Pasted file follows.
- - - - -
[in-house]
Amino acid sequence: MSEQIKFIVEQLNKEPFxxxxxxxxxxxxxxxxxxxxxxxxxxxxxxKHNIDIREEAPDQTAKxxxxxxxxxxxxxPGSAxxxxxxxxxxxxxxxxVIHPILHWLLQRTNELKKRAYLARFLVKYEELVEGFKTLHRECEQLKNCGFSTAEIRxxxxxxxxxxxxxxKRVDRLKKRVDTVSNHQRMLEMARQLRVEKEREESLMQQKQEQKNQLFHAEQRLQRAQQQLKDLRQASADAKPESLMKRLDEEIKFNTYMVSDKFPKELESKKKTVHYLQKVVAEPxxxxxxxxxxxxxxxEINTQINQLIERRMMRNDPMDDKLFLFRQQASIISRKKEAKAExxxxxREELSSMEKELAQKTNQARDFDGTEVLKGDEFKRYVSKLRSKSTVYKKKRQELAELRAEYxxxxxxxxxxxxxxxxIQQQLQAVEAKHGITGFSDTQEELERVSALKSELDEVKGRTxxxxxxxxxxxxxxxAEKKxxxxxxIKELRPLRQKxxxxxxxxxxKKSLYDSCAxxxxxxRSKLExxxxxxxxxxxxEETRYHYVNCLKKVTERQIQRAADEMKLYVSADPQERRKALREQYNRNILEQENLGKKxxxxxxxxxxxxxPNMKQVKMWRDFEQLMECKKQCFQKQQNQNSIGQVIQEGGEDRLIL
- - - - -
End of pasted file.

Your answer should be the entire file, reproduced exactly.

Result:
[in-house]
Amino acid sequence: MSEQIKFIVEQLNKEPFxxxxxxxxxxxxxxxxxxxxxxxxxxxxxxKHNIDIREEAPDQTAKxxxxxxxxxxxxxPGSAxxxxxxxxxxxxxxxxVIHPILHWLLQRTNELKKRAYLARFLVKYEELVEGFKTLHRECEQLKNCGFSTAEIRxxxxxxxxxxxxxxKRVDRLKKRVDTVSNHQRMLEMARQLRVEKEREESLMQQKQEQKNQLFHAEQRLQRAQQQLKDLRQASADAKPESLMKRLDEEIKFNTYMVSDKFPKELESKKKTVHYLQKVVAEPxxxxxxxxxxxxxxxEINTQINQLIERRMMRNDPMDDKLFLFRQQASIISRKKEAKAExxxxxREELSSMEKELAQKTNQARDFDGTEVLKGDEFKRYVSKLRSKSTVYKKKRQELAELRAEYxxxxxxxxxxxxxxxxIQQQLQAVEAKHGITGFSDTQEELERVSALKSELDEVKGRTxxxxxxxxxxxxxxxAEKKxxxxxxIKELRPLRQKxxxxxxxxxxKKSLYDSCAxxxxxxRSKLExxxxxxxxxxxxEETRYHYVNCLKKVTERQIQRAADEMKLYVSADPQERRKALREQYNRNILEQENLGKKxxxxxxxxxxxxxPNMKQVKMWRDFEQLMECKKQCFQKQQNQNSIGQVIQEGGEDRLIL